New Yorker journalist visits campus


Joey Waldinger, Cynic Correspondent

Speaking with English Professor Greg Bottoms and fielding questions from the crowd in Lafayette Hall, political journalist Jane Mayer visited the University of Vermont Thursday, Oct. 25, where she offered an insider’s perspective into the modern media.

Mayer is a staff writer for the New Yorker and an author of several books, including Dark Money: The Hidden History of the Billionaires Behind the Radical Right, in which she chronicles the political impacts of financial contributions from the billionaire brothers Charles and David Koch, as well as other donors.

Through her work, she has built herself a reputation as one of the preeminent political journalists working today. As a result, she has faced attacks from some of the country’s most powerful players.

When Mayer began to write about the Koch brothers for a 2010 New Yorker article, they hired a private eye who tried to publish stories falsely accusing Mayer of plagiarism, which she was able to quash before they went to print, she said.

“They attacked me…in a way I had never been attacked before,” Mayer said.

At the same time that powerful people have attempted to obstruct reporting, and Donald Trump has manipulated the media to advance his agenda, people have become more fearful of speaking to the press, Mayer said. Government officials often opt to speak anonymously for fear of retaliation, she said.  

“It’s gotten…what I think is kind of un-American,” Mayer said, drawing comparisons to the fall of the Berlin Wall, when reporters had to devise elaborate way to contact sources, who were scared they would be seen cooperating with the media.

In his introduction to Mayer’s speech, President Tom Sullivan noted that these threats to a free press make Mayer’s work more valuable than ever. They also make clear the importance of training future journalists, he said.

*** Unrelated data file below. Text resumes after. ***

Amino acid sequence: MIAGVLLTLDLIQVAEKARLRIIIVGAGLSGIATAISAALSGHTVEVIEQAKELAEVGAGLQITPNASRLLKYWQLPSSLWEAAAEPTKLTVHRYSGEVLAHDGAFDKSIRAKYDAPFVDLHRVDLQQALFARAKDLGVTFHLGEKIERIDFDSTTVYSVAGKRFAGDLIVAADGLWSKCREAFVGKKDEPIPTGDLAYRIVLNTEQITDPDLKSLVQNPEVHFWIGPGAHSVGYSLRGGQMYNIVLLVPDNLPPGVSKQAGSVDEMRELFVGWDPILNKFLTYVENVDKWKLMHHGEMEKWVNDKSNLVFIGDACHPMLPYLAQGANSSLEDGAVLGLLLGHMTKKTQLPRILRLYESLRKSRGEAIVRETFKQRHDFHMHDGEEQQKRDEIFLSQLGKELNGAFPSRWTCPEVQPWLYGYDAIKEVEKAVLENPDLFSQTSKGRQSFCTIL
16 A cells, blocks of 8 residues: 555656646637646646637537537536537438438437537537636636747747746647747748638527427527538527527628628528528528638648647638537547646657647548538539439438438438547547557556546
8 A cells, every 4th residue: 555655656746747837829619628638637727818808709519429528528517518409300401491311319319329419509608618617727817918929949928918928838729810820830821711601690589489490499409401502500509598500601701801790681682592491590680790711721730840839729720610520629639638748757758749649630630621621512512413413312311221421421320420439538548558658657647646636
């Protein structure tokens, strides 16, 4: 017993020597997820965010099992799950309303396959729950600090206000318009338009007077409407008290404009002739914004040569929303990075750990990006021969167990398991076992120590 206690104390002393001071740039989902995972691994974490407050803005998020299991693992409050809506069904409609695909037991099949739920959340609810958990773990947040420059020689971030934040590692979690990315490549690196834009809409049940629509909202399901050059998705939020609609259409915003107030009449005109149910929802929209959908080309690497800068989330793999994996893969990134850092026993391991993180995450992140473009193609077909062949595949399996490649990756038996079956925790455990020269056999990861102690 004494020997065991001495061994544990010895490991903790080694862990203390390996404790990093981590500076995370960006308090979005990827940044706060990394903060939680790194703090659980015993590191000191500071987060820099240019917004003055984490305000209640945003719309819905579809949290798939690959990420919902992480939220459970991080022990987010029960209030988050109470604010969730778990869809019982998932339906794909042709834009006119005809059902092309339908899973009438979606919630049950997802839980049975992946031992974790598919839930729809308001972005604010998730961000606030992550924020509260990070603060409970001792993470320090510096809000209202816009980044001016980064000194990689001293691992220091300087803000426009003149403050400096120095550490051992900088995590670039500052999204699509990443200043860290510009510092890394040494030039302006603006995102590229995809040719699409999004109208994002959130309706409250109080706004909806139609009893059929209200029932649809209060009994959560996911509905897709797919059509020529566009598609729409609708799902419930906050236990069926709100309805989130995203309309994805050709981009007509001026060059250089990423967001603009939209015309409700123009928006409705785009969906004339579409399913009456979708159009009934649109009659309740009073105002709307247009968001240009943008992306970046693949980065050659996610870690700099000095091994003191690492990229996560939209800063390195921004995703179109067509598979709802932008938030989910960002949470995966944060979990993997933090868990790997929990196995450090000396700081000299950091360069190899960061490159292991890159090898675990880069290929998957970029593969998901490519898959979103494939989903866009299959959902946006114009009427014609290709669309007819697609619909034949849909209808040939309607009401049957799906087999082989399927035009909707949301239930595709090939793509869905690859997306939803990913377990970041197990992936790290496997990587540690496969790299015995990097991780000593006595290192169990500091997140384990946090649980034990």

The Department of Community Development and Applied Economics introduced a new concentration this semester of community journalism, which teaches students to report on a small, tight knit population.

The College of Arts and Sciences, meanwhile has rolled out a new major titled Reporting and Documentary Storytelling, which is aimed at teaching budding journalists how to shape their facts into a compelling narrative in multiple mediums, Sullivan said.

Despite the alarming political environment Mayer described, Sophomore Katie Rearden, an Environmental Studies and German major, found comfort in knowing that the upper-echelons of reporting are comprised of people as competent and personable as Mayer, she said.

“It made me kind of hopeful…to hear that there are people out there making sense of what’s going on in the world,” Reardon said.

Like Rearden, who is an intern at VT Digger, Mayer got her start in journalism working in Vermont. Mayer’s first foray into reporting was at the Weathersfield Weekly, though her career really launched when she moved to the Rutland Herald, she said.   

“My job was about as unglamorous I think as journalism can be,” she said. Assigned to hospital news beat, Mayer had to drive by the hospital every morning to pick up a list of who was born and who was admitted.

“With that I learned that you had to spell people’s names right, and there are facts that actually exist in the world,” she said.   

Rearden found it encouraging that Mayer had sharpened her skills in Vermont, which allowed her to improve upon mistakes made in front of a relatively small audience, she said.

“That was in a way comforting…and kind of inspiring, cause she’s obviously come so far,” Rearden said.

While Mayer’s job and the political arena in which she works has changed immensely since those daily drives by the hospital, she feels as devoted to her work as ever, she said.  

“It’s been really a fun job to do, and also something that feels really meaningful,” she said. “It’s really hard for democracy to work when nobody knows what information is true,” she said.